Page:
Not Your Father's Talmud

Rabbi Adam Chalom of Kol Hadash Humanistic Congregation in suburban Chicago explores the Talmud from a Humanistic perspective, one page a day.

Location: Highland Park, Illinois, United States

Rabbi Adam Chalom is the Rabbi of Kol Hadash Humanistic Congregation in suburban Chicago. He is also the Assistant Dean for the International Institute for Secular Humanistic Judaism.

Saturday, March 26, 2005

Antiquity and Tradition - Berakhot 26

In the midst of the continuing Talmudic discussion of prayer, piety, and excrement, we find a debate that cuts to the heart of the innovations of Rabbinic Judaism. Over 20 pages after we began the discussion of berakhot (blessings) and tefillot (prayers), we stumble upon the question – when did this whole prayer tradition started? In one’s answer to this question lie profound assumptions about history, authority, and individual obligation.

On one side, there is the claim that tradition is timeless – founded by the founders, established by the establishment. Rabbi Yose claims that the Avot (Biblical Patriarchs – Abraham, Isaac, Jacob) initiated the tradition. When Abraham got up in the morning and “stood” (amad) in Genesis 19, it must have been for the morning standing prayer (Amida), in Rabbinic terminology Shakharit. Why? Because a text from Psalm 106 associates “standing” with “praying.” When Isaac went into the field to meditate before evening, it must have been for the afternoon prayer (Minkha) because Psalm 112 connects prayer and meditation. And Jacob created the evening prayer (Aravit) because he “encountered” (translated as “lighted upon”) a place at evening, and Jeremiah 7 claims that an angry God did not want to be “encountered” (translated as “make intercession”) through prayer.

Is it possible to “stand” without establishing a tradition? Not if one lives the mythically-charged life of a Biblical patriarch in the mind of Rabbis looking for roots for their own innovations. The fact that three subsequent founding figures initiate three sequential ritual actions makes a clever parallel but does not prove an historical argument. According to Talmudic chronology, the Psalms and Jeremiah were written centuries after the Genesis Patriarchs; but for the Rabbis, who consider all Biblical texts of divine origin, that detail is irrelevant to their comparison of Biblical terminologies. MANY innovated traditions have tried to claim the mantle of antiquity, and thus authority, using just such a-historical connections. If the hallowed and saintly ancestors initiated this tradition, who are we to challenge or to change it? And we can feel even better about our own performance of the same ritual believing that it is part of an ancient tradition rather than an innovation of recent centuries and even decades.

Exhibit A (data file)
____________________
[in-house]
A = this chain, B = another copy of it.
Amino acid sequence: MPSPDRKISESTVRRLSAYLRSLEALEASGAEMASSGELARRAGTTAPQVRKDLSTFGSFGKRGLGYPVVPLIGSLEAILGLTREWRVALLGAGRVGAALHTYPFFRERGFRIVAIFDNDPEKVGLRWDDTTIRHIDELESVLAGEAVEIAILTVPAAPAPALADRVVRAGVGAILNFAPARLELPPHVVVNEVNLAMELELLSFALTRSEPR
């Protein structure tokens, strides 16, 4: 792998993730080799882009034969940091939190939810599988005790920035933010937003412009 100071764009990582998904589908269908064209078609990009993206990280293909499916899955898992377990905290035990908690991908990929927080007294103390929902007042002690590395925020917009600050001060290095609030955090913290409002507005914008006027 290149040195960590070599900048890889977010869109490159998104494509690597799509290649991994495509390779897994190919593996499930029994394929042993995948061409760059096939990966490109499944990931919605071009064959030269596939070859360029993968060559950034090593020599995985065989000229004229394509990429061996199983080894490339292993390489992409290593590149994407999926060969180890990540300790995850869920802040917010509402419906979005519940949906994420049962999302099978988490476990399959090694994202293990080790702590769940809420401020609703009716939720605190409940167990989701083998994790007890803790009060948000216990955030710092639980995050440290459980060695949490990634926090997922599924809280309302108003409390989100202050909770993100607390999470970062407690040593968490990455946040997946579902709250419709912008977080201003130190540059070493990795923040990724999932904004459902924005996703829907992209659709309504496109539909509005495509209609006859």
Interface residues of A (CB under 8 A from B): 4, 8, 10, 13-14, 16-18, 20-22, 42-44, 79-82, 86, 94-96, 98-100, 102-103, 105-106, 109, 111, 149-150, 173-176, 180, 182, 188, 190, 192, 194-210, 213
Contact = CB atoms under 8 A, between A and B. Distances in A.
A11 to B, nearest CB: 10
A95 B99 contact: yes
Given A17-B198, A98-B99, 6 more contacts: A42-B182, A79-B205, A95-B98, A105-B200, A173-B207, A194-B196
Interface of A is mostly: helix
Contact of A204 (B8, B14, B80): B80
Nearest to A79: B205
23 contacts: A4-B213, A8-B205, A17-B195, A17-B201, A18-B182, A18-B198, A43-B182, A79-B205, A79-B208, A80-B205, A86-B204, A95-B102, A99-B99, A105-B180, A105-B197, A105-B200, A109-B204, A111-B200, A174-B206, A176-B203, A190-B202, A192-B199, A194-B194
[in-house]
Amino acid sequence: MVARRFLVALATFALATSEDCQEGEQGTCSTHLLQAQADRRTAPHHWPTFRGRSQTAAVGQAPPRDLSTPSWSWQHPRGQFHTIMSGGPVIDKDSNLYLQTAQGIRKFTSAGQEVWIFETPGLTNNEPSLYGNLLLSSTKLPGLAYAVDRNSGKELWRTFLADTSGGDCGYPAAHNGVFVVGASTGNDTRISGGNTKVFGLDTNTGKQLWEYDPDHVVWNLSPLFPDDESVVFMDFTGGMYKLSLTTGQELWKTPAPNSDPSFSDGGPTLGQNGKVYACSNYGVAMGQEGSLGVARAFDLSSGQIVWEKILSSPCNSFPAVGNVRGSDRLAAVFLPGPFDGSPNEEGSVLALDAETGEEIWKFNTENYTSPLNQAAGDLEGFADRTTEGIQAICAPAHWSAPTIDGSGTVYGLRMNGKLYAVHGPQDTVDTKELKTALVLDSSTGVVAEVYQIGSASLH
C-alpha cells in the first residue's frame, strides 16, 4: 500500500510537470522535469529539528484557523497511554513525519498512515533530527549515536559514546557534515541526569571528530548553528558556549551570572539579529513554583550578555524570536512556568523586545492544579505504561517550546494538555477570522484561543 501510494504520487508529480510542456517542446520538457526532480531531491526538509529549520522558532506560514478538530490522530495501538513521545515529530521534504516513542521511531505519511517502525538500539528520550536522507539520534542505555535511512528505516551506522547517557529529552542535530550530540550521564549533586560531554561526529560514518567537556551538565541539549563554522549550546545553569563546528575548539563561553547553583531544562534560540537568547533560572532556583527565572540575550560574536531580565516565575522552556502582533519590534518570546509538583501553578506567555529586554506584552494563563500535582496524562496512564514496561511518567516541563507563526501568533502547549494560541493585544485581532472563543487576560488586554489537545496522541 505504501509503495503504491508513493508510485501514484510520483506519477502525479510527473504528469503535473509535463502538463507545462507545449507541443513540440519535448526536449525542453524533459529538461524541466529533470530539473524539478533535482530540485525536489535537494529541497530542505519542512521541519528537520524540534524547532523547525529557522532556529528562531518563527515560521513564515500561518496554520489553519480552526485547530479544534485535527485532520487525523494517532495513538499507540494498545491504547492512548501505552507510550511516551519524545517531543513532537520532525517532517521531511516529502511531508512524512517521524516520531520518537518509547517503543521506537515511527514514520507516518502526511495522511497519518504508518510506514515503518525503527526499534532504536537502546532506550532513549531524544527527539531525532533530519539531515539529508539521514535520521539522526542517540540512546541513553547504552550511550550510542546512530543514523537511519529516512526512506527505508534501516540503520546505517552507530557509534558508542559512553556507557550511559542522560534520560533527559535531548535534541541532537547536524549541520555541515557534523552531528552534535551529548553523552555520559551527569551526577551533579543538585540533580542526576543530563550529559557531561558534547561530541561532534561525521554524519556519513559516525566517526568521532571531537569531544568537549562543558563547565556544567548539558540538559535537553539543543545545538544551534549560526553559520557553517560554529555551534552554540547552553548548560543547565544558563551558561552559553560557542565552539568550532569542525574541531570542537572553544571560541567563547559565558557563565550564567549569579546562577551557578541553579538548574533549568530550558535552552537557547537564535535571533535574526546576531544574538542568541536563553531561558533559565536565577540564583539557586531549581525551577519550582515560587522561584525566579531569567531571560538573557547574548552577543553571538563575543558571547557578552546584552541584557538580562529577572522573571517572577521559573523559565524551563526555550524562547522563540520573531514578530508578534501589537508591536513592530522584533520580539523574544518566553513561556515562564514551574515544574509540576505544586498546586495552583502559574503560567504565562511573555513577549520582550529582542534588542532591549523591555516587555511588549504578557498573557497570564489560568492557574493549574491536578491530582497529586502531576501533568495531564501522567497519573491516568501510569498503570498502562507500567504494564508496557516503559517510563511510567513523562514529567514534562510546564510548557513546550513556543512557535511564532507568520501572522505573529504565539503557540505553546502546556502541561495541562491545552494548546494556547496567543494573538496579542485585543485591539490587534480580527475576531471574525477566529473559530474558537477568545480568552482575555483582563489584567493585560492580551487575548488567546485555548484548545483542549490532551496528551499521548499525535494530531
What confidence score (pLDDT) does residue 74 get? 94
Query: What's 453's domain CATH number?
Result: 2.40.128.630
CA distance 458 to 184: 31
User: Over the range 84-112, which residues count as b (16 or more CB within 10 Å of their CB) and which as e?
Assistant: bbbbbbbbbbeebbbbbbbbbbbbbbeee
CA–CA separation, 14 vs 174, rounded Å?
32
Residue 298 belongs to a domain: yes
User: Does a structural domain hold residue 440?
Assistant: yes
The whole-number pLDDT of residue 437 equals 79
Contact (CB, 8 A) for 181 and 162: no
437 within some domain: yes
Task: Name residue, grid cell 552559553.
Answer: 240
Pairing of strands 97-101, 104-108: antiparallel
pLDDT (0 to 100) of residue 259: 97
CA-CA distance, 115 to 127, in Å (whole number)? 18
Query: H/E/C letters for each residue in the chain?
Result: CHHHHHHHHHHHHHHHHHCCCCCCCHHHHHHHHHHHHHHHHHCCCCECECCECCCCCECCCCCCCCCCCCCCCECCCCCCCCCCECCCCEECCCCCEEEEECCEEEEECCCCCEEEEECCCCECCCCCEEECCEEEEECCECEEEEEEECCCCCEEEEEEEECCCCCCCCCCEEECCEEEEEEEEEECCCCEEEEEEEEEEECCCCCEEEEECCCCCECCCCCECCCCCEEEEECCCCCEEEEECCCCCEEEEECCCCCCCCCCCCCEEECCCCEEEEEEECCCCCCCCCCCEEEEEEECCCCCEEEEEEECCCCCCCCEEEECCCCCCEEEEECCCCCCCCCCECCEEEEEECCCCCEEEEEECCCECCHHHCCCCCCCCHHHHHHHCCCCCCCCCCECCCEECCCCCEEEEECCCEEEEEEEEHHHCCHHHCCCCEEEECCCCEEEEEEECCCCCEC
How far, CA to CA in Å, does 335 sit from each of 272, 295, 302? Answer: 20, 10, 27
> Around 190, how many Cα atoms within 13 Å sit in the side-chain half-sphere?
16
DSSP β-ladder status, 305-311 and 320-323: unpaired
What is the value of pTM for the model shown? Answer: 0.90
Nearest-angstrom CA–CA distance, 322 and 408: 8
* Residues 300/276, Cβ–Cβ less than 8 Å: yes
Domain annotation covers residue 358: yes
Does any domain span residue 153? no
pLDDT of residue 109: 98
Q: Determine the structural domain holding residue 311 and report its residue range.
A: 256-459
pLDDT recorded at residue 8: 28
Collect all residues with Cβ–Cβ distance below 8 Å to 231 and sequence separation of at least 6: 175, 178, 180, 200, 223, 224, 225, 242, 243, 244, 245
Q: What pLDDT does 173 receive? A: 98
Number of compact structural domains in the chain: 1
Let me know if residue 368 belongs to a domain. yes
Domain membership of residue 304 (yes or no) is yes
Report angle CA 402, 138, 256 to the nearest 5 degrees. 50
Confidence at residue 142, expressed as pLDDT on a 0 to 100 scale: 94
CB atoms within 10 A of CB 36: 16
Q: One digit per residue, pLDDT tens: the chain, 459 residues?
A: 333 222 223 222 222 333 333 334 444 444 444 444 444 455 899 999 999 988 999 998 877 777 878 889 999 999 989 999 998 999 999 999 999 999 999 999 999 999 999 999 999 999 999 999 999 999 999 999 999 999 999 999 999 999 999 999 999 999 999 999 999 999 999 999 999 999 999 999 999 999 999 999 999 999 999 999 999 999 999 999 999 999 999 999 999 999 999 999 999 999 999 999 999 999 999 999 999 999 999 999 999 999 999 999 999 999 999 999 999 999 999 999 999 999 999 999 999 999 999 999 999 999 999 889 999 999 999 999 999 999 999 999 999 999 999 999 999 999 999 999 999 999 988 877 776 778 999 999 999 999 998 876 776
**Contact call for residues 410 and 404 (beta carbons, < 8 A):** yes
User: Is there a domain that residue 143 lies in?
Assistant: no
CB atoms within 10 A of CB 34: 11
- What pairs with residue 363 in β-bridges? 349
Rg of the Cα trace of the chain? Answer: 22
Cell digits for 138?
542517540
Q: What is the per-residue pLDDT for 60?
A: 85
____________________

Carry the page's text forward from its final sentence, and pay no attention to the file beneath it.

Trying to discover actual historical origins, on the other hand, requires more discerning investigation than rhetorical appeals to authority and revelation, and are often more complicated. Fortunately, the other side of the debate on today’s page is from a more historical perspective - Rabbi Joshua ben Levi claims that the prayers were instituted to replace the sacrifices (once the Jerusalem Temple was destroyed in 70 CE). He supports his claim not by Biblical prooftext but by comparing when one was able to offer daily sacrifices with when Rabbinic tradition claims one may offer specific prayers – and the descent from the former to the latter is very clear. By the end, the Talmud has a rhetorical Rabbi Yose concede that even though he still claims that the Patriarchs initiated the daily prayers, the Rabbis did indeed define and establish the practice based on the daily sacrifices.

Thus the Talmud at once claims the sanctity of timeless tradition, and also admits the reality of historical innovation. And it also implicitly confesses that later generations necessarily define and refine the detailed performance of rituals initiated by previous ones. We historically-minded thinkers may question ascribing Rabbinic prayers to Biblical Patriarchs, but we can also understand Rabbinic root-searching in the aftermath of profound dislocation and destruction.

Rabbi Adam Chalom

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